It is readily admitted that in connection with some other kinds of animal breeding it is well known to use automatic feeding systems, but apparently it has not until now been realized that such systems, properly adapted for the purpose, will be usable with quite special advantages in the breeding of minks.

The invention also comprises the relevant feeding systems and the associated, automatically operated feeding dispensers. While the known self-feeding dispensers operate under the condition that the fodder is supplied quite slowly, depending the animal's eating of the fodder, the dispensers according to the invention will operate by intermittent dumping of relatively large fodder portions, whereby the risk of the supply being blocked will be considerably reduced. The same dumpings with their associated small shakings from the applied operation movements will act wakening on slumbering animals, whereby these are activated in an advantageous manner.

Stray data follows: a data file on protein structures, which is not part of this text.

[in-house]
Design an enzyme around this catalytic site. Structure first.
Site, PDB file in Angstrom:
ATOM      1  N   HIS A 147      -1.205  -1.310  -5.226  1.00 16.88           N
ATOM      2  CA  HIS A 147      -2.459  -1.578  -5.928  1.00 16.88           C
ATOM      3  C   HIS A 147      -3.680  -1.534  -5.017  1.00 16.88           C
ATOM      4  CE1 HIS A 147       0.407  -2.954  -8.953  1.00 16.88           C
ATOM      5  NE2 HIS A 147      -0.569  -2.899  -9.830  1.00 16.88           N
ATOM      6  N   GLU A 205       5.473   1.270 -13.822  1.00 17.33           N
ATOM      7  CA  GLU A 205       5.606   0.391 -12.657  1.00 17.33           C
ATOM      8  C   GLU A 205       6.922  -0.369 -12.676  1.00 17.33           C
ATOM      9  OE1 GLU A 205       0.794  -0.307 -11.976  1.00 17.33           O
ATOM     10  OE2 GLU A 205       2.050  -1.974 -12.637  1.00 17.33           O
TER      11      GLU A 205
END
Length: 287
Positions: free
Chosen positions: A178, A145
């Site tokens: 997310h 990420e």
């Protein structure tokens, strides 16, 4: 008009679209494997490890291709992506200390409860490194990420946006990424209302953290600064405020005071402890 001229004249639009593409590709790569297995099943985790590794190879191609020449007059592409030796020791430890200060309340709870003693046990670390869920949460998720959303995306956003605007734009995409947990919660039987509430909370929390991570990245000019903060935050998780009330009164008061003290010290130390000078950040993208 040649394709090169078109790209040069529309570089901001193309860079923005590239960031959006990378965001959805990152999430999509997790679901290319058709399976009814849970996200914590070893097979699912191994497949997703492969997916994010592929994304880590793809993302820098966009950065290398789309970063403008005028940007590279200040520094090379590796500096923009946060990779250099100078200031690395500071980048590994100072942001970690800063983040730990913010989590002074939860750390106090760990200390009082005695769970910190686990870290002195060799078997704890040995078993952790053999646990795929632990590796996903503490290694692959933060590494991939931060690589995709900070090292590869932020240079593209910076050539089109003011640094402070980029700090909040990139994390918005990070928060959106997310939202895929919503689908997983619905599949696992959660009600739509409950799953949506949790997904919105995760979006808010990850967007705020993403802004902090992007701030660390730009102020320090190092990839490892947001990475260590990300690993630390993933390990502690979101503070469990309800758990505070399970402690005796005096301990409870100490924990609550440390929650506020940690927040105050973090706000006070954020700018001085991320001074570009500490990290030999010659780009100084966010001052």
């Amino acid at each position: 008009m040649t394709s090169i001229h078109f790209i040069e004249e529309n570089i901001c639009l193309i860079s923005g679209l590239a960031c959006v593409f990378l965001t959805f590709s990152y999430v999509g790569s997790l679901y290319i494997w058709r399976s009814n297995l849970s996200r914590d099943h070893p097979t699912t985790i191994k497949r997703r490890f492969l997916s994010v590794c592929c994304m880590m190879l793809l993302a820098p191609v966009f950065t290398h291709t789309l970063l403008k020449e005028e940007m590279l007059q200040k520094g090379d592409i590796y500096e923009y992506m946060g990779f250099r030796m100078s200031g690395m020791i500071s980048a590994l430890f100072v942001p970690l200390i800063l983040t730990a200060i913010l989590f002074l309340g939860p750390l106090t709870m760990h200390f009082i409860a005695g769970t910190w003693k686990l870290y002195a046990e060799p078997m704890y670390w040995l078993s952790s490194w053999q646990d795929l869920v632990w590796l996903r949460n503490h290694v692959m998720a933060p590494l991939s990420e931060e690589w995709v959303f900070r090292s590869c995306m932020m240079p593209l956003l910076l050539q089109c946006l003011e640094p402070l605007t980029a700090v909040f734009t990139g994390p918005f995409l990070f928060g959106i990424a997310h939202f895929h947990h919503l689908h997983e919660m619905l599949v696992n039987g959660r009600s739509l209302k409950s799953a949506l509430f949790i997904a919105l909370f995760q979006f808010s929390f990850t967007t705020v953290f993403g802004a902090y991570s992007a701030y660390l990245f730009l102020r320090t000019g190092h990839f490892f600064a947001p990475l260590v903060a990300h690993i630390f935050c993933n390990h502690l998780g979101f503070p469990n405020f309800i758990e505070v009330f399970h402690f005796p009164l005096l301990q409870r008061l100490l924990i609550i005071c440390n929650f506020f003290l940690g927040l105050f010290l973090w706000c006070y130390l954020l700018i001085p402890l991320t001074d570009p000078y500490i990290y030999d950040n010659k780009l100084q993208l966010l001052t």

As a practical example, some 70 g fodder should be supplied per animal per 24 hours, of which 30-40% should be supplied during the day hours between 7 a.m. and 5 p.m. and the rest during the evening and the night. The single doses should be of the magnitude 10 grammes.


In the following the invention is described in more detail with reference to the drawing, in which

FIG. 1 is a schematic perspective view of a row of mink cages provided with a feeding system according to the invention,

FIG. 2 is a perspective view of a dispenser as used in the system,

FIG. 3 is a perspective exploded view of the interior parts of a modified dispenser, and

FIGS. 4-6 are perspective views, partly in section, of the lower end portion of such a modified dispenser.


In FIG. 1 is shown a row of cages 2 each provided with a feeding dispenser 4 comprising an upwardly open tube 5, which is fillable with dry fodder from above and has a built-in portioning downlet valve, which is operable by an upper pivot lever 6 to sluice down a fodder portion to the lower end of the tube 5, in which there is provided a side opening 8, through which the let-down fodder is accessible for the animal or animals in the single cage. The pivot levers 6 are coupled to an actuation rod 10, which is reciprocably displaceable from a driving station 12 for pivoting the levers 6 forth and back and therewith for actuation of the respective associated downlet valves. The driving station 12 may be controlled by a timer, such that the dosing out of the single fodder portions may be effected automatically at all desired times of the day and night and, as mentioned, even predominantly during the evening and the night.